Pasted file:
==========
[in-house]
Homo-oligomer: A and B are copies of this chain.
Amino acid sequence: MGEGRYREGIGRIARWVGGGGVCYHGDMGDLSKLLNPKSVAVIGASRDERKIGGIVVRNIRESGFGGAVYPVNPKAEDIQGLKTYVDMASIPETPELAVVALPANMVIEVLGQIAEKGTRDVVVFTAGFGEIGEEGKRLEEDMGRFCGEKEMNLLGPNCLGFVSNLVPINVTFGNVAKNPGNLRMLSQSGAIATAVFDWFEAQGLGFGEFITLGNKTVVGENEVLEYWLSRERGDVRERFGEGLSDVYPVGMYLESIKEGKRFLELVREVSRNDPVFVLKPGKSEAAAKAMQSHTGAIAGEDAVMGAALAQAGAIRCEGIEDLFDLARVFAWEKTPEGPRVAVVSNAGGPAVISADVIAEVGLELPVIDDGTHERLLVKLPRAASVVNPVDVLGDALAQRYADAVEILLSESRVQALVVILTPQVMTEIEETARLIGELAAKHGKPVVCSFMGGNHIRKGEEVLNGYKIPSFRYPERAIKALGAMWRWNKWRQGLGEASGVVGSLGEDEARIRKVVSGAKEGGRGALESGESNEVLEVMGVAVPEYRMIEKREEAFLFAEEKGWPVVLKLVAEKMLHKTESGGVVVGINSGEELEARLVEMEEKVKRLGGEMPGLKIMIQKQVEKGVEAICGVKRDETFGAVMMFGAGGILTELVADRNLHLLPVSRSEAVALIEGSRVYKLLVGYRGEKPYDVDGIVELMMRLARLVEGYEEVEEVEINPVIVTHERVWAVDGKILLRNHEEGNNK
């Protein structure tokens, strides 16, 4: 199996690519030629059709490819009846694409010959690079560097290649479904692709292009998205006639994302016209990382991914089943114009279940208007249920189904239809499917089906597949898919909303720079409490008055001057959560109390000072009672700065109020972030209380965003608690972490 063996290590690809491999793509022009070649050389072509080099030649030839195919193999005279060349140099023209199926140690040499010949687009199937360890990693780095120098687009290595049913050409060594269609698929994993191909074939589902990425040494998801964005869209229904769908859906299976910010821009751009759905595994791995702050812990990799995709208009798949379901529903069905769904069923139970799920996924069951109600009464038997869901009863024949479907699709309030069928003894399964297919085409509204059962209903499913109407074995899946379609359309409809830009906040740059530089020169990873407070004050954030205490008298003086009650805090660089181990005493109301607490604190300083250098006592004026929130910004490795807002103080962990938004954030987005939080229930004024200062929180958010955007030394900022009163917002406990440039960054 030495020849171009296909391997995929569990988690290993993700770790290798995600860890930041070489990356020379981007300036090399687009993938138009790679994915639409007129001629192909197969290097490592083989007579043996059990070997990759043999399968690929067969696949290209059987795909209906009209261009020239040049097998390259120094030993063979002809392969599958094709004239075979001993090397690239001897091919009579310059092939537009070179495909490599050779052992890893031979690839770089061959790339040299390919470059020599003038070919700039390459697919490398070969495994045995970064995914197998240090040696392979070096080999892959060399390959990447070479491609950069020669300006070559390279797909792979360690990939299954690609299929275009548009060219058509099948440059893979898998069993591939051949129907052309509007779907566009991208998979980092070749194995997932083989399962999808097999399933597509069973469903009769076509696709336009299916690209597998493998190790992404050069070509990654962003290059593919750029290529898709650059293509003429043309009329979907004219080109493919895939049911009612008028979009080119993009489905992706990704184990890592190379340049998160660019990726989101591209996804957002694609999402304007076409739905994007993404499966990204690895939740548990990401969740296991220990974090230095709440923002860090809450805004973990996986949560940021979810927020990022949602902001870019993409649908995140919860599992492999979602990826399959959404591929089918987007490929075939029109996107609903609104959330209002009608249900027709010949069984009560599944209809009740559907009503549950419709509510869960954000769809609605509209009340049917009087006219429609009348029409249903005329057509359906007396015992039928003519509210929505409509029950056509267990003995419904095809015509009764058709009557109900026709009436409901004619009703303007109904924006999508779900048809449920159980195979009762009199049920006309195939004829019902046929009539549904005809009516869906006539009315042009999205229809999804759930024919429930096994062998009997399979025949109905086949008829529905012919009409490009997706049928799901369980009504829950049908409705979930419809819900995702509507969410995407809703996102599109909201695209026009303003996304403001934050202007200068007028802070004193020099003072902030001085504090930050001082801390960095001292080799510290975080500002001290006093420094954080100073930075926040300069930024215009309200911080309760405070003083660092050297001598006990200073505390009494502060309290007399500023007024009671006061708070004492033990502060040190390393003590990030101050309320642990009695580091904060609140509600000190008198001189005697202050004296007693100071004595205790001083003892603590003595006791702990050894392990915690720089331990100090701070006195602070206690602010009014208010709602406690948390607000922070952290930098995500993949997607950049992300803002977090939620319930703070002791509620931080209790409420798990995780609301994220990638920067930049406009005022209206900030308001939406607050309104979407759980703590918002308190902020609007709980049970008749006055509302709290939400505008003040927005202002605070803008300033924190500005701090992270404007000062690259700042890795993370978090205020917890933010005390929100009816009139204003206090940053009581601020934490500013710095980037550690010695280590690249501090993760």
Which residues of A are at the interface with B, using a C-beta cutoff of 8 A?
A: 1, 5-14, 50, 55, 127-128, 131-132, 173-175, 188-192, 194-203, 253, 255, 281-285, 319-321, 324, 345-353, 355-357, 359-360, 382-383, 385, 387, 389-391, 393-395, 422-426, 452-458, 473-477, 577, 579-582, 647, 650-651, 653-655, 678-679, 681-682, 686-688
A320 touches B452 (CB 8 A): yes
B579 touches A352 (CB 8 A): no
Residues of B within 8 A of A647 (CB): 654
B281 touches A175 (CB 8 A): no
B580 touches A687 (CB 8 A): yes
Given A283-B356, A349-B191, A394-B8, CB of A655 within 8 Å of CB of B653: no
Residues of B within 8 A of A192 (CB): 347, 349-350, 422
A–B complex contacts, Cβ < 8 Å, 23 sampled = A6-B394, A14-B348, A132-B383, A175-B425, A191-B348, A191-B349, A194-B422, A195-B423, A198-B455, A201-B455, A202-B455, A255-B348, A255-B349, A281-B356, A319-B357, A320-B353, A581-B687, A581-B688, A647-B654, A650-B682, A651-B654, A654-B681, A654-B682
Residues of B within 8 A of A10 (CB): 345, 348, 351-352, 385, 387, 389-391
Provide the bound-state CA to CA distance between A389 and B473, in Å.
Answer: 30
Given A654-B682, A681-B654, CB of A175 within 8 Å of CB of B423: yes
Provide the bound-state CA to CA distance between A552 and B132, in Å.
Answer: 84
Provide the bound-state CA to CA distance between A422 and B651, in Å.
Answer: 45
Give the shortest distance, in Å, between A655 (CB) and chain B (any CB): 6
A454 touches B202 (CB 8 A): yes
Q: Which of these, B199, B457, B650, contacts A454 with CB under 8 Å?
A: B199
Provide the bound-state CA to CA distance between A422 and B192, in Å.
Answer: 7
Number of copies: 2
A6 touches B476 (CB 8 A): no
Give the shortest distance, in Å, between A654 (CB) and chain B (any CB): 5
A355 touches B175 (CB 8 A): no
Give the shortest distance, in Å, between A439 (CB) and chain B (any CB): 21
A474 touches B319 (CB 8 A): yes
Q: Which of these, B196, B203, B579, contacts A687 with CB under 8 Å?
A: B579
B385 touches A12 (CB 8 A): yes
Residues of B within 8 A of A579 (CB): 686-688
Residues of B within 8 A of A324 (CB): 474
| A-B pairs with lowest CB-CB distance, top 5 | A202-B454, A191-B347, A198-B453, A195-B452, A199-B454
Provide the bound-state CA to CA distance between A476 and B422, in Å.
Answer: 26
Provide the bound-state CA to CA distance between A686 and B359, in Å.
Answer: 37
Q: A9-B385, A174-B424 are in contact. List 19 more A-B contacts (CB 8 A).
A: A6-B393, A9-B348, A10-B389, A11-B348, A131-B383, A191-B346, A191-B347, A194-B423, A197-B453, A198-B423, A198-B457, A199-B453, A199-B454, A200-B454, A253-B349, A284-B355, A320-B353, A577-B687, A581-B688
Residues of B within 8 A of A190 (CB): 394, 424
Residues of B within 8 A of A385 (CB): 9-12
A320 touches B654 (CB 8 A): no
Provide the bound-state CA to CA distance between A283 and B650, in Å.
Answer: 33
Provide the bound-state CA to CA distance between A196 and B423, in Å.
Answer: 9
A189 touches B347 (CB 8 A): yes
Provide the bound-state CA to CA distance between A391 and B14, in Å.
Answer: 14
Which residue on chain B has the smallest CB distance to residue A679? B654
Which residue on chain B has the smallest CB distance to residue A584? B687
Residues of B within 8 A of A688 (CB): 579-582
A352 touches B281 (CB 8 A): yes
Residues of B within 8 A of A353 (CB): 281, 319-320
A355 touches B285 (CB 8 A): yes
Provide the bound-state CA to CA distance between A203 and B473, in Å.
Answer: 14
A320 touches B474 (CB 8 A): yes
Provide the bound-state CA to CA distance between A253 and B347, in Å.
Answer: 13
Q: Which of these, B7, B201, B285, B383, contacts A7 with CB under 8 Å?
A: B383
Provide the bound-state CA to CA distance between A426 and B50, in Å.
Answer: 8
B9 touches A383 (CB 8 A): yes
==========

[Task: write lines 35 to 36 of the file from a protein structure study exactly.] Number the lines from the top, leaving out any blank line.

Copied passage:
Q: Which of these, B196, B203, B579, contacts A687 with CB under 8 Å?
A: B579